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What’s the difference between resistive multi-touch and projected capacitive multi-touch and why would someone choose one over the other? – Mike Zimmerman, South Carolina

Dear Mike:

I am the long-time cheerleader for projected capacitive touch technology, so my answer may be biased, but here it is:

If you are a mechanic using a touch screen to fill out an overpriced car repair estimate, you should use resistive multi-touch touch screens (MARS); everyone else should use projected capacitive multi-touch technology (MulTI-Touch).

Touch Guy’s projected capacitive mantra is 1) it will never wear out, so it’s a better investment, 2) it has great optics and 3) it is multi-touch capable. The only downfall to projected capacitive technology is that it will not respond to every input device (i.e. pens, pencils, credit cards); only those that are conductive.

For all the mechanics out there, here is why you want to use Resistive multi-touch:

Let us assume that our mechanic, Mike, will use a torque wrench to reach over and activate the diagnostic machine’s touch screen – this requires a pressure sensing touch screen (aka resistive). Or when he fills out the repair estimate on an electronic recorder, he can use the nearby pen or pencil to input information. Mechanics will also like the palm rejection that MARS has. Palm rejection is achieved by ignoring touches in part of the screen and accepting them where the writing will occur (this is used in signature capture devices). Plus, when every nano-watt counts, resistive technology consumes less power than capacitive.

But using resistive multi-touch technology comes at a cost when comparing it to projected capacitive technology. MARS is really just a 4-wire resistive touch screen cut up into severalf small 4-wire touch screens, so it will wear out with use. And the optics are not as good as projected capacitive because it has the same reflections of a standard 4 or 5-wire resistive touch screen. MARS-groupies point out that resistive touch has worked plenty-good for the last 25 years and the benefits of multi-touch, low power and no-drift coordinates make it a long term winner. Touch Guy is not convinced but thinks multi-touch resistive is a niche product.

Until next time,
Touch Guy

Hello Touch Guy! My name is Jeffery. I have a new product that I would like to finish the prototype for, but…I cannot find a flexible, yet durable touch film (no glass) I can use. The size needs to be approximately 12″ x 12″ (+/- 1 or 2″) but I am willing to look at other options. I am talking to the TV show, Shark Tank, and counting on a few other companies to bring this product to market. The problem I am facing is manufacturing’s willingness to deal with me. I’m not asking for something for free and am willing to pay for a sample unit, but the supplier must be able to supply 1,000 units at a time. Do you have any suggestions for companies that can provide a flexible touch film? – Jeffrey Gelman, FootMouse TouchPad Team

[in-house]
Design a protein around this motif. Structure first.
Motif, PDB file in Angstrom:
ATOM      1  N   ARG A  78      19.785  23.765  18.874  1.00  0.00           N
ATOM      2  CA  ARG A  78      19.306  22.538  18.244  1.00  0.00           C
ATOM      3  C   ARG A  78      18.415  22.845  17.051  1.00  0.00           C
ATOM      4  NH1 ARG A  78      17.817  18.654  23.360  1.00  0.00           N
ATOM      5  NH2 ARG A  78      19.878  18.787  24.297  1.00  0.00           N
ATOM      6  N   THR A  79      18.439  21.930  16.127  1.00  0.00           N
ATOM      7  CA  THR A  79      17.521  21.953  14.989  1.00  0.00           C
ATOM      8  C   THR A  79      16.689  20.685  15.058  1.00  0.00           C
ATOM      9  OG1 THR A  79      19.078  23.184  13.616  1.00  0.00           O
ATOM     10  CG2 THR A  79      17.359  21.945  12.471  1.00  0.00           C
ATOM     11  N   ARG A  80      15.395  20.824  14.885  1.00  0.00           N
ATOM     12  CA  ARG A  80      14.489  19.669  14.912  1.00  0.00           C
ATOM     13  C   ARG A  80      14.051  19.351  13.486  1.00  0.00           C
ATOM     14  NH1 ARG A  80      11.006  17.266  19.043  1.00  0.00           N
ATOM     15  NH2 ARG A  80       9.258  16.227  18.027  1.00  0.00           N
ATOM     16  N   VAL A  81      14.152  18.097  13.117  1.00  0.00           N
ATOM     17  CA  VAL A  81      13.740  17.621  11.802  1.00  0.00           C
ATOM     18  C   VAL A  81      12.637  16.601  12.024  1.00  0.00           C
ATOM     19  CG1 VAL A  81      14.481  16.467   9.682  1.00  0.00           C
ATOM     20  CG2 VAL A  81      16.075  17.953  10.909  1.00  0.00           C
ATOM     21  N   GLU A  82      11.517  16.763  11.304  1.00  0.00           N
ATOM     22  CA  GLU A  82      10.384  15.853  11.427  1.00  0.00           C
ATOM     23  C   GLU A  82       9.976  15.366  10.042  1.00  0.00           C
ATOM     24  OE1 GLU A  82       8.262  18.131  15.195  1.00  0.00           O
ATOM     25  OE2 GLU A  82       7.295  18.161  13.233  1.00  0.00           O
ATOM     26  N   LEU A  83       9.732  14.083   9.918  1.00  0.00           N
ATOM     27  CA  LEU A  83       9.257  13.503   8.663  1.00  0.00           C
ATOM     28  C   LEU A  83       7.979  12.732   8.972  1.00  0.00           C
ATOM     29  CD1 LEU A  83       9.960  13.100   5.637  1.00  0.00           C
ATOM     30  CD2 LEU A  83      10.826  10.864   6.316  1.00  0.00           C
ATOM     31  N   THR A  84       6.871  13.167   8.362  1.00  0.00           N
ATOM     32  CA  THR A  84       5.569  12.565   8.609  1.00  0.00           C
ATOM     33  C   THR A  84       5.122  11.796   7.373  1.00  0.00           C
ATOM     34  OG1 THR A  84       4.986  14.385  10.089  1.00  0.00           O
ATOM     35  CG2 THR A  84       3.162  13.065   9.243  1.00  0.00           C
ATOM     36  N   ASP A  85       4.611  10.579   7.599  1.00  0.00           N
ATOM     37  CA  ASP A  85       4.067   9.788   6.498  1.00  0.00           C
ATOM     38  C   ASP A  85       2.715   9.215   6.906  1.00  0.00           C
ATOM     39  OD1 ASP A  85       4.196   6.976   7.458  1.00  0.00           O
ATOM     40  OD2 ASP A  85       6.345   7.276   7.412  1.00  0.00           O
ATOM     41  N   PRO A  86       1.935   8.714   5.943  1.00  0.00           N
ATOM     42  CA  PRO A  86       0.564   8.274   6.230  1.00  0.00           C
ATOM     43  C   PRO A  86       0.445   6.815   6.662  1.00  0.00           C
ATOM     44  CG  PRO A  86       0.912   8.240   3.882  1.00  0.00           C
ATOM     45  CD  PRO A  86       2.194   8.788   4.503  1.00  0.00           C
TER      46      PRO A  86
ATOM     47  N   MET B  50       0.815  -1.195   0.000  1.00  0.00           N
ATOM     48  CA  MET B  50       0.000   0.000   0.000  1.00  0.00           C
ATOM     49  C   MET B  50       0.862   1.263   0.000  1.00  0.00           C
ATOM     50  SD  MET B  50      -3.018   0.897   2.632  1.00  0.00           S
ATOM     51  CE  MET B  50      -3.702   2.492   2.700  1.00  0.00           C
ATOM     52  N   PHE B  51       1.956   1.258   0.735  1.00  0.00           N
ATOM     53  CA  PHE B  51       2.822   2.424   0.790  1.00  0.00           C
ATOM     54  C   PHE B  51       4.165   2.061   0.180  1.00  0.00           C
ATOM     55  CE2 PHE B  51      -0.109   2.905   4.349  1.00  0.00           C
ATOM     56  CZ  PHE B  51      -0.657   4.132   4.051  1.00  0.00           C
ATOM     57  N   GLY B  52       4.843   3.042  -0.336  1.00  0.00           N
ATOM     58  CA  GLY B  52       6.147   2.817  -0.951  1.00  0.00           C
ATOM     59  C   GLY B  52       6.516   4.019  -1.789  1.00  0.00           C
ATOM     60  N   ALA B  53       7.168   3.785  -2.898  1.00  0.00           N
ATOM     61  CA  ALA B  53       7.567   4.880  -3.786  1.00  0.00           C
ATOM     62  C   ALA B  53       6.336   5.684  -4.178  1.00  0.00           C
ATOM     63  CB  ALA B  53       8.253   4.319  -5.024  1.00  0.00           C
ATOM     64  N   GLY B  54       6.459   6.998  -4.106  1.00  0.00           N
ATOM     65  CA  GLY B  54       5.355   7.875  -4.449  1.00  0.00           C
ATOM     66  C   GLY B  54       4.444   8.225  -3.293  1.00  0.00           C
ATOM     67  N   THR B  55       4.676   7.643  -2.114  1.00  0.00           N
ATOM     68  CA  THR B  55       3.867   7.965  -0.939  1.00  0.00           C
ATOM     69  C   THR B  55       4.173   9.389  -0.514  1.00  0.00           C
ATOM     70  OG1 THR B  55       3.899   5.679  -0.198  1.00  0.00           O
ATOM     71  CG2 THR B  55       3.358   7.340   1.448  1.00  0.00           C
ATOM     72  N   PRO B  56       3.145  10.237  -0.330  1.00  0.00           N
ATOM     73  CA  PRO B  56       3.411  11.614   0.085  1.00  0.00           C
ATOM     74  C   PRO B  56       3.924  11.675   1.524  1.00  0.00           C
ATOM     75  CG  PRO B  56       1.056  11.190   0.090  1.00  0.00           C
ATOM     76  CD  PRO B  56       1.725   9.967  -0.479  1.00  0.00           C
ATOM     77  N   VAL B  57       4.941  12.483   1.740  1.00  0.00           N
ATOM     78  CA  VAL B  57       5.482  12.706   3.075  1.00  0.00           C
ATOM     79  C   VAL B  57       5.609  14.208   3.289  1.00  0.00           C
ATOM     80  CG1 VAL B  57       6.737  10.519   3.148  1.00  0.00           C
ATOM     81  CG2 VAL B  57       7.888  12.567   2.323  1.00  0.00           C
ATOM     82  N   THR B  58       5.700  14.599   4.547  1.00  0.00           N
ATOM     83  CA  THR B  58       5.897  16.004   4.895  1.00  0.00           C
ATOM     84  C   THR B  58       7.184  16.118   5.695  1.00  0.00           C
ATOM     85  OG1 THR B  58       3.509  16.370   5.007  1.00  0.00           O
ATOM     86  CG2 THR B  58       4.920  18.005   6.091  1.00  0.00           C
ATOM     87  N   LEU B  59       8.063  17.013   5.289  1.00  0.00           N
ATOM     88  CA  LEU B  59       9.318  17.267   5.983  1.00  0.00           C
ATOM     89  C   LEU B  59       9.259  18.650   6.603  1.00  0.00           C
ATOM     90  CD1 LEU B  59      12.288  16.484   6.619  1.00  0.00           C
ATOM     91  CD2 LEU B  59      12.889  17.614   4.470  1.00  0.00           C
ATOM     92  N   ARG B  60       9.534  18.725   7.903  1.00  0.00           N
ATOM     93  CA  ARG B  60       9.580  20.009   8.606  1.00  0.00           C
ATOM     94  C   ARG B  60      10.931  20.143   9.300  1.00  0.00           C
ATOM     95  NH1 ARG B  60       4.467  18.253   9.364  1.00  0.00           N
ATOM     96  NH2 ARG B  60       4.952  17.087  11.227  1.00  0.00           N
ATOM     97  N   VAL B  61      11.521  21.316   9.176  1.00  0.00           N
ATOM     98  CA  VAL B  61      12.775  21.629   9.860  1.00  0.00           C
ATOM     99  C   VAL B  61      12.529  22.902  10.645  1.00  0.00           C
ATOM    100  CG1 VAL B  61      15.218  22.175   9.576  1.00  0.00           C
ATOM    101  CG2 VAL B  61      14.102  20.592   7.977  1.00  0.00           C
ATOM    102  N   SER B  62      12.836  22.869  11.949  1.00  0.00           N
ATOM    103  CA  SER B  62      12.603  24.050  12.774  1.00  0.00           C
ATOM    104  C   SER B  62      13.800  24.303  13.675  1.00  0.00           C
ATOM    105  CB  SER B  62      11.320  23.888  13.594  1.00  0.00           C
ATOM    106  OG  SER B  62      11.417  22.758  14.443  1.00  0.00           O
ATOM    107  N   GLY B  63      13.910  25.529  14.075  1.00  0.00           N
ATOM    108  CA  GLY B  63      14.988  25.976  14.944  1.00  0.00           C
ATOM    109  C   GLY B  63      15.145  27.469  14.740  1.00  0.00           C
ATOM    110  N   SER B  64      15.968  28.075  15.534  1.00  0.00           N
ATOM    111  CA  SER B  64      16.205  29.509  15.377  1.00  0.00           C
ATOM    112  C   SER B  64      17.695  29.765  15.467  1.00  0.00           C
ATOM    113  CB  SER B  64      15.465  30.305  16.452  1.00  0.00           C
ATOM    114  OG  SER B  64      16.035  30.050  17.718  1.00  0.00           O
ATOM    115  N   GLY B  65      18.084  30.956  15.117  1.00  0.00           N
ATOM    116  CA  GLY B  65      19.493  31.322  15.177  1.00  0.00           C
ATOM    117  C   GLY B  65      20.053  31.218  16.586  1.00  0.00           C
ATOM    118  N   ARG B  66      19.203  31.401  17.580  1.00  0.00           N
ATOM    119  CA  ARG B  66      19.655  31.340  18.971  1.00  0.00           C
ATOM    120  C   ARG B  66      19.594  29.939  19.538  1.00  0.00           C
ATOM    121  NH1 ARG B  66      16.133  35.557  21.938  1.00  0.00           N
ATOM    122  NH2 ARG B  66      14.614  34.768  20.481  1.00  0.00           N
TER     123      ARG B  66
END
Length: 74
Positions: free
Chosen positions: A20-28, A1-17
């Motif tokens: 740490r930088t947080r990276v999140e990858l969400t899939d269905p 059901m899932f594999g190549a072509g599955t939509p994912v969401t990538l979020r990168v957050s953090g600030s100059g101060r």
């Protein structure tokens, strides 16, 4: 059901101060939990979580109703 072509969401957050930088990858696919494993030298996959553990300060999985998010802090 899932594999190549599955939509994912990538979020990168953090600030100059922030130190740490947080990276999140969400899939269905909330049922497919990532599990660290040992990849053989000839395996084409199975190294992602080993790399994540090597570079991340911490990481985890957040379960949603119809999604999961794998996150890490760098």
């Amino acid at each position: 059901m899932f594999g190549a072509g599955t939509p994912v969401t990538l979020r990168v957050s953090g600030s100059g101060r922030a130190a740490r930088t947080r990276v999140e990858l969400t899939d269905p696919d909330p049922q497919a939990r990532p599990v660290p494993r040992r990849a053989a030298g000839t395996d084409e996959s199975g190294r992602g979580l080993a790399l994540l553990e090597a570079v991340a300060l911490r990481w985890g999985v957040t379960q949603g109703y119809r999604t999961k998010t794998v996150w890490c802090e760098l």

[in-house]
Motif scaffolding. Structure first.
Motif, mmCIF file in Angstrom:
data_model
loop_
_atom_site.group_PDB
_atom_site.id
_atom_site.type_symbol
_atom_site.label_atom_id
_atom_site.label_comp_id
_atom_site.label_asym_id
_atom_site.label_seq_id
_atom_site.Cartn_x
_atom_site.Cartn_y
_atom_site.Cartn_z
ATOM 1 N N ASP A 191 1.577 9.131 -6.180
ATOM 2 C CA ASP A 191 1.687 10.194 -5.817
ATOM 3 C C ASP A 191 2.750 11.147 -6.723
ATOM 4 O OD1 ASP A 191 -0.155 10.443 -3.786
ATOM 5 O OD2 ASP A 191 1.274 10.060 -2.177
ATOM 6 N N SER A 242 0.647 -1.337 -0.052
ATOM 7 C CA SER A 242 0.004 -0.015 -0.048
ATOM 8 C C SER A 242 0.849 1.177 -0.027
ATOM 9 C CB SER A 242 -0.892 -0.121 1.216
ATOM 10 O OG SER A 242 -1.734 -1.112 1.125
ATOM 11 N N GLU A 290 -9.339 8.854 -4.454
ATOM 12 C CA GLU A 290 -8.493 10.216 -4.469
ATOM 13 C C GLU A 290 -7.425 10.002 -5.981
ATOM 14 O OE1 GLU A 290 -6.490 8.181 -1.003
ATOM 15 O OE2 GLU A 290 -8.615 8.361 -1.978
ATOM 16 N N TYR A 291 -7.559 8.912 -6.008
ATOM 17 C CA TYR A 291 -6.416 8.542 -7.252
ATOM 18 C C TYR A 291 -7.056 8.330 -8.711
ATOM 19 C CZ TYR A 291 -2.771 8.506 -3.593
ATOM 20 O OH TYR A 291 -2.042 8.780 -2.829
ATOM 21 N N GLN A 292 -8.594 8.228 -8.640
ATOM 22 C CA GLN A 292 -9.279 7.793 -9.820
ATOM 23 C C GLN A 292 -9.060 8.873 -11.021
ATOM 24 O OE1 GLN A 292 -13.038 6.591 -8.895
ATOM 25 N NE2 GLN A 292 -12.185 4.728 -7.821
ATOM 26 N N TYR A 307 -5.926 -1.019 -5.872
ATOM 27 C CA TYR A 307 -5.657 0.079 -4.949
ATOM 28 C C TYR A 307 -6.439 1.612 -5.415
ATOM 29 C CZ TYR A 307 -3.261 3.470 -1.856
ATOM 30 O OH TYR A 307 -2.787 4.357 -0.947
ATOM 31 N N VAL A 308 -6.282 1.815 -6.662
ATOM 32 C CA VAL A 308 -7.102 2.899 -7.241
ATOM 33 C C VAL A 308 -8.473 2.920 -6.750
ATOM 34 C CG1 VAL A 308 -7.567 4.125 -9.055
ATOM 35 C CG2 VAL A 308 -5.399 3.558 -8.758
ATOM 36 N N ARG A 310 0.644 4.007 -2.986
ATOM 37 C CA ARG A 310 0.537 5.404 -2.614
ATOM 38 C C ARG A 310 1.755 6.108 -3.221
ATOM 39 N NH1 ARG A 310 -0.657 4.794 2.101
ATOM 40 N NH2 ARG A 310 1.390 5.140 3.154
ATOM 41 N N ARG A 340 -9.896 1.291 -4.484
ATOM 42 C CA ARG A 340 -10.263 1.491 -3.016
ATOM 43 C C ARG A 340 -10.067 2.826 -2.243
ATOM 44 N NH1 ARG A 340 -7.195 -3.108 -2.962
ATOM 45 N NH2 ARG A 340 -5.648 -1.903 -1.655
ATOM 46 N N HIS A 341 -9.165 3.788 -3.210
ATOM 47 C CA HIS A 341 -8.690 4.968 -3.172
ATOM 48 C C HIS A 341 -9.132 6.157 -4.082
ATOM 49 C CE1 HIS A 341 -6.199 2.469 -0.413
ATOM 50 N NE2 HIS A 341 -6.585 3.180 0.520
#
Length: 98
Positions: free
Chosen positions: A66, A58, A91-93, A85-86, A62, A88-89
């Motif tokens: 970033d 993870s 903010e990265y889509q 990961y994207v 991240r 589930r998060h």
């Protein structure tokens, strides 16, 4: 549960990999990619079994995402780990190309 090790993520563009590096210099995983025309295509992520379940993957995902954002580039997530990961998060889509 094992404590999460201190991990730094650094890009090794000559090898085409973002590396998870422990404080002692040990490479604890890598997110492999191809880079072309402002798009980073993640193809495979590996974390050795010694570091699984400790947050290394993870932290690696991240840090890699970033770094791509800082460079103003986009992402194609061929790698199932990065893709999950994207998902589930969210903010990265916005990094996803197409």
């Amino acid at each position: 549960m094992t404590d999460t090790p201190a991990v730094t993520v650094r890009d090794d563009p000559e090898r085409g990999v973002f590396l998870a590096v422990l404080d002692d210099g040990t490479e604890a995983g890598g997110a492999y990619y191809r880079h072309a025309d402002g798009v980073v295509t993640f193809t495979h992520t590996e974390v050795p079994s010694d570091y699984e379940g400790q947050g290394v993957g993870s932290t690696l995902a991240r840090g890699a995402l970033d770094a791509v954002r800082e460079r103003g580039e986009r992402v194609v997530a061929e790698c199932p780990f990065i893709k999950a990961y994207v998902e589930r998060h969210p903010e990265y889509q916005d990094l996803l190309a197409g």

Hey Jeffery….relax, Touch Guy is here to help.

I hear this story a lot, unfortunately most often from my American competitors. And, a Google search of “touch screens” lists the company most likely to help you–Touch International-on page 12, even though they are the second largest US manufacturer of touch products. (Hear that Bing?)

But let’s get to your….hmmmm, opportunity. First, any company should listen to what you are doing. We like to think of ourselves as experts and will try and fit one of the touch technologies to your needs, instead of the other way around….sometimes it even means sending you to one of our competitors. Secondly, if this is your first touch-based product, to save you time and money, we will suggest one of our inexpensive demo kits or off-the-shelf products.

If you truly need a custom part or electronic controller, there will be a non-recurring engineering charge (NRE). NRE typically starts at $2,500 and can be much higher depending upon your application requirements, etc. The NRE covers an engineer to design your part and a CAD designer to make the approval documents. Once approved, the NRE also will cover the manufacturing drawings and then the “artwork” to make the various silk-screens and decoration masks. Then the machines are programmed to your specific part, as specified in the “proto-build package” of workstation instructions. By this time, the materials will have been obtained and used to make the prototypes. Touch International has a prototype line, identical to their production lines, so that we can make new parts and not be preempted by revenue production. Best yet, Touch International is an equal opportunity company, so anybody willing to pay NRE is never kicked out of line once their project has started. Just so you know, it is rare that Touch Guy sees any profit from a prototype.

The only problem Touch Guy is having is your desire to build 1,000 parts on a first run. If you are asking for mature touch screen technology, 5-wire or 4-wire resistive, then we may not try to talk you out of it. But, no matter how hard we all try, there is usually something that needs to be changed or tweaked after the prototypes are produced and nobody wants 999 almost-worked-perfectly sensors.

So, talk to Touch Guy, we will see what we can get to meet your needs…and good luck selling the concept to the ba-zillion-aires. Oh, and yes, we make flexible touch film in your size.

– Touch Guy